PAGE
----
NAT stands for Network Address Translation.
In the NAT mode, the load-balancer will route traffic between user and server by changing destination IP address of the packets.
TCP connection overview
TCP connection is established between the client and the server.
The loadbalancer just ensures a client is always forwarded to the same server.
As shown below, the clients get connected to the service VIP.
The load balancer chooses a server in the pool then forwards packets to it by changing destination IP address.
Pros and cons
- fast load balancing
- easy to deploy
- infrastructure intrusive: need to change the default gateway of the servers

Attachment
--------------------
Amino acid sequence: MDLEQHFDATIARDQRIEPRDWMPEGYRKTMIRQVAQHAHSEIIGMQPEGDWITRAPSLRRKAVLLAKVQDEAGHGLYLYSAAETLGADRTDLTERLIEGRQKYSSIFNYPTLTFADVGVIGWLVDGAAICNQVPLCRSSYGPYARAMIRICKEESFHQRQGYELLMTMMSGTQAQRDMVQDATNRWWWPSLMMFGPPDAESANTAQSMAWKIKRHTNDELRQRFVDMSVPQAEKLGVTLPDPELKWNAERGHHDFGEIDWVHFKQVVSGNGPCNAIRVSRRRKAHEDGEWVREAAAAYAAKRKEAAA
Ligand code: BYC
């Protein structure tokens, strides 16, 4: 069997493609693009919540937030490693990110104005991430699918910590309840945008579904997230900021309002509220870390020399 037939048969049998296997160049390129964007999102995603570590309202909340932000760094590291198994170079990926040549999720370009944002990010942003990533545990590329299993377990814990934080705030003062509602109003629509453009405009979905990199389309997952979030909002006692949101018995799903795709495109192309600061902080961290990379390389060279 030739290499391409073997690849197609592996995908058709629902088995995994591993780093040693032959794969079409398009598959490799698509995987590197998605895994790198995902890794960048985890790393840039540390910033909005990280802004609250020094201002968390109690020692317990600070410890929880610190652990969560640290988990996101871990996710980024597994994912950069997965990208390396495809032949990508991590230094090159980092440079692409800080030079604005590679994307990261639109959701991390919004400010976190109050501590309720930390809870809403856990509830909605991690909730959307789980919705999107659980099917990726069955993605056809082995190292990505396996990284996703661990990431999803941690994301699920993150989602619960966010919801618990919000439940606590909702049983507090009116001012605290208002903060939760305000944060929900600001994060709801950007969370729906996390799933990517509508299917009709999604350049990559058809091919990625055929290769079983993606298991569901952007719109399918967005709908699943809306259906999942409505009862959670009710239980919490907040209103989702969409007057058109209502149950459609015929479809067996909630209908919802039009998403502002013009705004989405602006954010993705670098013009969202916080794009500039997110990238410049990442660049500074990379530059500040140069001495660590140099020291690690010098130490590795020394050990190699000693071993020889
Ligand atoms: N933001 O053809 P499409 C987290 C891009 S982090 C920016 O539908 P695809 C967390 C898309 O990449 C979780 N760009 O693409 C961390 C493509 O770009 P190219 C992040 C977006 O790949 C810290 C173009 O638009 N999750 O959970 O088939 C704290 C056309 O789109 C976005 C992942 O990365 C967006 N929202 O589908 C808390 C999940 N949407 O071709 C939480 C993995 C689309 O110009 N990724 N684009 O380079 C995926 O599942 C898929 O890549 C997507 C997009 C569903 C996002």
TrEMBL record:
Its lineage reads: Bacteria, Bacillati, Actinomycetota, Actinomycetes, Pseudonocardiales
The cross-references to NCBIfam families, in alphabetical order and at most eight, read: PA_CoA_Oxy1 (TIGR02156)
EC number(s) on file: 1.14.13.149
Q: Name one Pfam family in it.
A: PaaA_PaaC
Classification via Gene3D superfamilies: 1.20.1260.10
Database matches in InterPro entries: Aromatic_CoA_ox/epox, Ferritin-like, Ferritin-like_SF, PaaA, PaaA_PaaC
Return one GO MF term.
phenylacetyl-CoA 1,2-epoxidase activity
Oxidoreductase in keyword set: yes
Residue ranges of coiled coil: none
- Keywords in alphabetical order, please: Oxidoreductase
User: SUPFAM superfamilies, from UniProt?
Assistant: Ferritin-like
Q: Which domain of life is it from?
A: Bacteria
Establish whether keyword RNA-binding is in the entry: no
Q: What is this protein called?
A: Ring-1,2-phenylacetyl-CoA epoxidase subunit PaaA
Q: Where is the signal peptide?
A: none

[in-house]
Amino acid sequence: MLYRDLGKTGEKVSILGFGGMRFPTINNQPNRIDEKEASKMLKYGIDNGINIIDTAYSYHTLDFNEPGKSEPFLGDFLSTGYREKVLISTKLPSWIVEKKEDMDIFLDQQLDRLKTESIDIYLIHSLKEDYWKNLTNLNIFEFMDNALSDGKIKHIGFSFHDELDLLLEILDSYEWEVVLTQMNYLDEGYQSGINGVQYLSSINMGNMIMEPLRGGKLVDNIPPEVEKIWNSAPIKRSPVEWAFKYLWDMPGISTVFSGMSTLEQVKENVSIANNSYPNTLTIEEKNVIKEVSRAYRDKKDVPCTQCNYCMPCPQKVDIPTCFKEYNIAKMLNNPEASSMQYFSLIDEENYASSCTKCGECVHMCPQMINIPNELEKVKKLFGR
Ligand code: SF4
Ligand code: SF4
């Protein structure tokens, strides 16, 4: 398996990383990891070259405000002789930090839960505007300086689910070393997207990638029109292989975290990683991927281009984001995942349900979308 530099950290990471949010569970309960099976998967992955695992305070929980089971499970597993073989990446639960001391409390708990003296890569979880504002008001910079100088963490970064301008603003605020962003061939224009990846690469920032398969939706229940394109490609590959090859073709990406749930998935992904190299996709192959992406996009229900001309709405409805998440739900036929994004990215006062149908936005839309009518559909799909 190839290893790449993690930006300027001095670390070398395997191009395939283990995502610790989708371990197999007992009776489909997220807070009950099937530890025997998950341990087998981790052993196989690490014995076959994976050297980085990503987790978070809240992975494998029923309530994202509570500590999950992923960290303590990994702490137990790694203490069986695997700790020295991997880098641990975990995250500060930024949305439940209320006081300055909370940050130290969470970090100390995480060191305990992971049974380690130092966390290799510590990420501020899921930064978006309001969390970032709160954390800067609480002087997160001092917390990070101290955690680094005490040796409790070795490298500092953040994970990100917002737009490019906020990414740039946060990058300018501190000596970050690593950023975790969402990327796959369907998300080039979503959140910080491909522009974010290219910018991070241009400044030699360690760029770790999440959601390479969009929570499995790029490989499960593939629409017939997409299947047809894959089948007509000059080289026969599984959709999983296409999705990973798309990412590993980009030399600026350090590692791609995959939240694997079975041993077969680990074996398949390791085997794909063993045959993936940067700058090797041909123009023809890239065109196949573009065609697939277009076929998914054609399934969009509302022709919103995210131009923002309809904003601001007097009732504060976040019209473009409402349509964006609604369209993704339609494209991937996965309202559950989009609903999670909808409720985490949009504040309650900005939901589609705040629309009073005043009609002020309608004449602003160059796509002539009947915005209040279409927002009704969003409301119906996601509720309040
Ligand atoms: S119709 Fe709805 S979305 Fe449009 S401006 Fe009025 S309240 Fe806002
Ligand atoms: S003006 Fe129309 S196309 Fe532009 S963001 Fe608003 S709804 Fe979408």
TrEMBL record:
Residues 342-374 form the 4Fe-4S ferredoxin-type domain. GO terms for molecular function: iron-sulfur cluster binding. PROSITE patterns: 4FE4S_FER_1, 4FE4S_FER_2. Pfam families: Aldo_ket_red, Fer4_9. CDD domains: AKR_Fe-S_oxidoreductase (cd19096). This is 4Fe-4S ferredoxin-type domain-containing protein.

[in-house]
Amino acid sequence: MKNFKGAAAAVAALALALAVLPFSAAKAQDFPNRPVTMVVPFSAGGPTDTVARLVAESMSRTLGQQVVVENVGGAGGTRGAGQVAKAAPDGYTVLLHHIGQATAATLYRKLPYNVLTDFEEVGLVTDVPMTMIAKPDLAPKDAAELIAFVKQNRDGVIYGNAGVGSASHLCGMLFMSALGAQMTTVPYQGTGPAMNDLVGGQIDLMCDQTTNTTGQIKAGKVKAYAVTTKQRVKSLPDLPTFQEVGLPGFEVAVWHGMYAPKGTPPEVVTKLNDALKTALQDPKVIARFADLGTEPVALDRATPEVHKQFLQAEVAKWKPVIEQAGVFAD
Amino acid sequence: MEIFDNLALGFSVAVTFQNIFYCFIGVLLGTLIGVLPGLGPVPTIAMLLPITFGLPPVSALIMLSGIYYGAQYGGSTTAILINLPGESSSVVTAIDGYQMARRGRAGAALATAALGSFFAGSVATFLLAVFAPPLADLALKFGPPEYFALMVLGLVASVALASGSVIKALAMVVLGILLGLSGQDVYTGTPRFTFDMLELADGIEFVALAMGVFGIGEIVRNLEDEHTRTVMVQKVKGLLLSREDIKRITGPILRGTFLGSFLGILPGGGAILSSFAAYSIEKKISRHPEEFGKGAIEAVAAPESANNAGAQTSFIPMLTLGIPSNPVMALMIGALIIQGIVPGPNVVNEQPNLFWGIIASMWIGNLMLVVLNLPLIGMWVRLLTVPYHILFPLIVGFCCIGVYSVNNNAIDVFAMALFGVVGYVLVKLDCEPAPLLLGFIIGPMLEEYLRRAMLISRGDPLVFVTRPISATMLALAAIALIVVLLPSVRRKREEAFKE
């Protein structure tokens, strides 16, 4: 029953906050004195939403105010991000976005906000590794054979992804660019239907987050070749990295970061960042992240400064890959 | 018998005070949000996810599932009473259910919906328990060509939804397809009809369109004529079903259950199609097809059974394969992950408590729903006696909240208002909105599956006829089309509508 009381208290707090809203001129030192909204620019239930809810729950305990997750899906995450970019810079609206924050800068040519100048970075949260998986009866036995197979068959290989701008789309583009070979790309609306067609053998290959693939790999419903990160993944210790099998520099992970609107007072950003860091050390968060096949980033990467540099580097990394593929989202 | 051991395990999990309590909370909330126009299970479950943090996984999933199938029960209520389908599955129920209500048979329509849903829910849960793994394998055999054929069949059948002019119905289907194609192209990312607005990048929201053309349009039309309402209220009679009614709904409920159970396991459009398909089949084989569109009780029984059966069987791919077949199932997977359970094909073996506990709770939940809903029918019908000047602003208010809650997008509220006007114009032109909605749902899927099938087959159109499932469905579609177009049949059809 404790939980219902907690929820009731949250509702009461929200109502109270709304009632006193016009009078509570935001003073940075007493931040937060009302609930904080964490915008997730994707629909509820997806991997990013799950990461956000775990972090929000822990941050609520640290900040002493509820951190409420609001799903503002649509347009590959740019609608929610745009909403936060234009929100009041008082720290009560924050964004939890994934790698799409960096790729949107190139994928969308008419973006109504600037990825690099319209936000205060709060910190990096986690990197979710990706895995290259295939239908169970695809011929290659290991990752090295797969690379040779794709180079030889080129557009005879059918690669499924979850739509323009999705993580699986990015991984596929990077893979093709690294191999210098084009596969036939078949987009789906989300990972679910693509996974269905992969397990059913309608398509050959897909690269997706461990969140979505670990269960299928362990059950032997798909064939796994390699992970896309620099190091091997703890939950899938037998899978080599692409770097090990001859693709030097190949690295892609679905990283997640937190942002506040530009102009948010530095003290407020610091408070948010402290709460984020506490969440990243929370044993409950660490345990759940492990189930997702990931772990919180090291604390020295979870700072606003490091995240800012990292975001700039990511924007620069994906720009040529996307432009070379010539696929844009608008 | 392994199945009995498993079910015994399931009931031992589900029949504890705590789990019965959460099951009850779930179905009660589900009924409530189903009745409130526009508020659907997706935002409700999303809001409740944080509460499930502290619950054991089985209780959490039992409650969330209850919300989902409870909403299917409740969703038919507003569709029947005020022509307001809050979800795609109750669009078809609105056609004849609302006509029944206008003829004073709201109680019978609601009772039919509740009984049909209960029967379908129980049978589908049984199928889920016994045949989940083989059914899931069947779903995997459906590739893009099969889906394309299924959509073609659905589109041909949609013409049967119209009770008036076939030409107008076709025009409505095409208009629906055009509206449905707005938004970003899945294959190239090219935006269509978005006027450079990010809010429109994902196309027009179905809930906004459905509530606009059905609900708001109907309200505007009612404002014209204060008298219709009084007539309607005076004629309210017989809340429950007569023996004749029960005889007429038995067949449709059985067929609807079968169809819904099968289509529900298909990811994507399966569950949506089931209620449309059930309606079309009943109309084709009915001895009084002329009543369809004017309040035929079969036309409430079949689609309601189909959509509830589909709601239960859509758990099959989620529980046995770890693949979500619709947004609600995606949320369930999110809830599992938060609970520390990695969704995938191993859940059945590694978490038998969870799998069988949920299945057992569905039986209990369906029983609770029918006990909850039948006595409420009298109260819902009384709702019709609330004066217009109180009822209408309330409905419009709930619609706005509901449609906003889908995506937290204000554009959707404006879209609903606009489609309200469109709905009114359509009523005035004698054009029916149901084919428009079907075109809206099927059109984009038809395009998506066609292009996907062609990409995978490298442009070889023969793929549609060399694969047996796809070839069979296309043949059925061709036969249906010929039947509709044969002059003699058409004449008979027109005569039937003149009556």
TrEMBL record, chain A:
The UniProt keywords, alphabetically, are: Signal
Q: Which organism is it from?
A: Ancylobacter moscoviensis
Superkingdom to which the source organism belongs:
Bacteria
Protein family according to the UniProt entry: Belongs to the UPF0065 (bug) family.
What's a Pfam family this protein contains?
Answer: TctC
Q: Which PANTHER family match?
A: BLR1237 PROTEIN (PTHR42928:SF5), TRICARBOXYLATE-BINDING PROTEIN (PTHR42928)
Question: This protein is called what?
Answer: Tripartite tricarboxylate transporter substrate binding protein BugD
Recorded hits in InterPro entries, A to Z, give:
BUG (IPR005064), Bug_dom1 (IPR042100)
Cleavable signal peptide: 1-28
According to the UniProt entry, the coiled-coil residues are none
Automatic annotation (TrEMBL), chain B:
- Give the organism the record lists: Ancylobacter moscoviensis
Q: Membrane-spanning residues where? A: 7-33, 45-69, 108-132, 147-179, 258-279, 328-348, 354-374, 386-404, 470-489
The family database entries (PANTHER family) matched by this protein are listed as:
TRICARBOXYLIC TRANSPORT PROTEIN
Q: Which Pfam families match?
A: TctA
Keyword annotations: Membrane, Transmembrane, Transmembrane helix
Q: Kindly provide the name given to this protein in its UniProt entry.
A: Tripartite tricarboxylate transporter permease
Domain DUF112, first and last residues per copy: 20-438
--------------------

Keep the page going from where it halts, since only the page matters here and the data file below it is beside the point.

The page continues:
- The server default gateway must use the load balancer, in order to do reverse NAT operation.
- output bandwith is limitated by loadbalancer output capacity
When use this architecture?
- where response time matters
- where no intelligence is required
- when output capacity of the load-balancer won’t be a bottleneck in a near future
- when nothing but the default gateway of the servers can be changed